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August 21, 2014 | NPR · The attorney general hugged community leaders, a highway patrol captain and the mother of Michael Brown during his visit, and got an update on the federal investigation into the teen's shooting.
 
August 21, 2014 | NPR · At McCluer High School, 30 varsity football players — all black, mostly from Ferguson — practice. David Greene talks to Sports Illustrated writer Robert Klemko about his story, "Football in Ferguson."
 
August 21, 2014 | NPR · Kelly McEvers talks to Syria expert Shashank Joshi, about President Bashar al-Assad's tenacious grip on power. Joshi is with the Royal Services Institute in London.
 

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August 20, 2014 | NPR · Demonstrators want an indictment of the police officer who fatally shot Michael Brown earlier this month. But investigations — one of them a federal civil rights case — can take weeks, if not months.
 
August 20, 2014 | NPR · More than a week now from the police shooting in Ferguson, Mo., it's worth asking: Ideally, what should happen with a police officer stops someone in the street?
 
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August 20, 2014 | NPR · Enlisting has been a rite of passage for men in the Pierce family since the Civil War. And as America has changed, Mark Pierce and his son Jeremy explain, what it means to serve has, too.
 

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August 16, 2014 | NPR · Both Ukraine and Russia say they're trying to send supplies to residents in eastern Ukraine. But with tensions on both sides running high, that aid may take a while to arrive.
 

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August 17, 2014 | NPR · American fighter jets and drones carried out airstrikes against Islamist targets near the Mosul Dam in northern Iraq on Saturday. A breach of the dam could threaten entire cities.
 

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Human rights workers

Mar 29, 2013 — More than 20 years ago, Dr. Hawa Abdi set out to change her broken society when she turned her 1,300-acre farmland outside Mogadishu into a camp for 90,000 internally displaced Somalis. Now she calls it Hawa Village — and it includes a hospital, school and farm.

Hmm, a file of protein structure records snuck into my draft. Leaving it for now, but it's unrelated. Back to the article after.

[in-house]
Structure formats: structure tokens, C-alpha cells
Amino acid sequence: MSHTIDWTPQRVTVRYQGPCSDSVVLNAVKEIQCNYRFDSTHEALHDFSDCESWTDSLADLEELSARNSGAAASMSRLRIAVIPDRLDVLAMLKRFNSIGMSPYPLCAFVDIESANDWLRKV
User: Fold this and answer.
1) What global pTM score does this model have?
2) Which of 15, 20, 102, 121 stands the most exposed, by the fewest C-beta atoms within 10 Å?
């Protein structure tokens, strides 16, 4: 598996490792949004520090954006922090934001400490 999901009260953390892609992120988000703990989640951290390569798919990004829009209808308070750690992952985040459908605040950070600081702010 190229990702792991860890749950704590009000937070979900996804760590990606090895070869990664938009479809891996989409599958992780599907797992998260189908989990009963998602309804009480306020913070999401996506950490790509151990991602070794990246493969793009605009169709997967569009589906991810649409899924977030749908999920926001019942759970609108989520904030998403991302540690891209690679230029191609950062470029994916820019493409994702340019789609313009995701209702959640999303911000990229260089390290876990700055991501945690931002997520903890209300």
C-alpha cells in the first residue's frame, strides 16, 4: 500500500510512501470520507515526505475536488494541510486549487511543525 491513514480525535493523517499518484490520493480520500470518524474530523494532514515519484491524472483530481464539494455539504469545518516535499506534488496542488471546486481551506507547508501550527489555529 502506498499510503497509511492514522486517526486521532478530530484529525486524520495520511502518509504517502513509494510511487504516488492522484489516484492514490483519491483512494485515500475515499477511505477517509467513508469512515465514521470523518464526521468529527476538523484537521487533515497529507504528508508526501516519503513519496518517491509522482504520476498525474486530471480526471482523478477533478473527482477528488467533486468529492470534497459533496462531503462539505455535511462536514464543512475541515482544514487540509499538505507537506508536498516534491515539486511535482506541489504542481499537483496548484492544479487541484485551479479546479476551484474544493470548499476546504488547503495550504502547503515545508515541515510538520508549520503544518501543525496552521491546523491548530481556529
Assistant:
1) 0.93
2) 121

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Sep 8, 2011 — Over the past few weeks, Talk of the Nation has been asking for the books you think should be required reading for all college freshmen. Here are 10 of your suggestions.
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Oct 9, 2007 — In a new memoir, Jimmy Carter writes about his post-presidential life and his peacemaking efforts worldwide. Carter says the last 25 years could not have been more unpredictable or more gratifying.
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Apr 10, 2006 — As genocide ravaged Rwanda in 1994, hotel manager Paul Rusesabagina risked his own life to save the lives of over 1,000 people. He used diplomacy, flattery, and even deceit as he worked to keep people alive. Rusesabagina tells his story, which inspired the film Hotel Rwanda.
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Apr 6, 2006 — Twelve years ago, Hutu militias began a slaughter in Rwanda that left at least 800,000 people dead. Paul Rusesabagina, whose story inspired Hotel Rwanda, talks about his new memoir and the legacy of African colonialism.
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Jun 18, 2005 — Author Philip Caputo's latest novel, 'Acts of Faith', depicts the effects of the Sudanese civil war on relief workers and missionaries. He notes that sometimes characters with altruistic intentions end up causing great harm.
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May 19, 2005 — Journalist and novelist Philip Caputo's new novel, Acts of Faith, is set in Sudan during that country's civil war. It depicts the consequences — intended and otherwise — the conflict has on aid workers and missionaries involved in relief work.
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Apr 2, 2005 — Novelist Francine Prose talks about her humorous new novel A Changed Man, in which a neo-Nazi goes to work for a human rights organization run by a Holocaust survivor. None of the characters are free from Prose's comic barbs.
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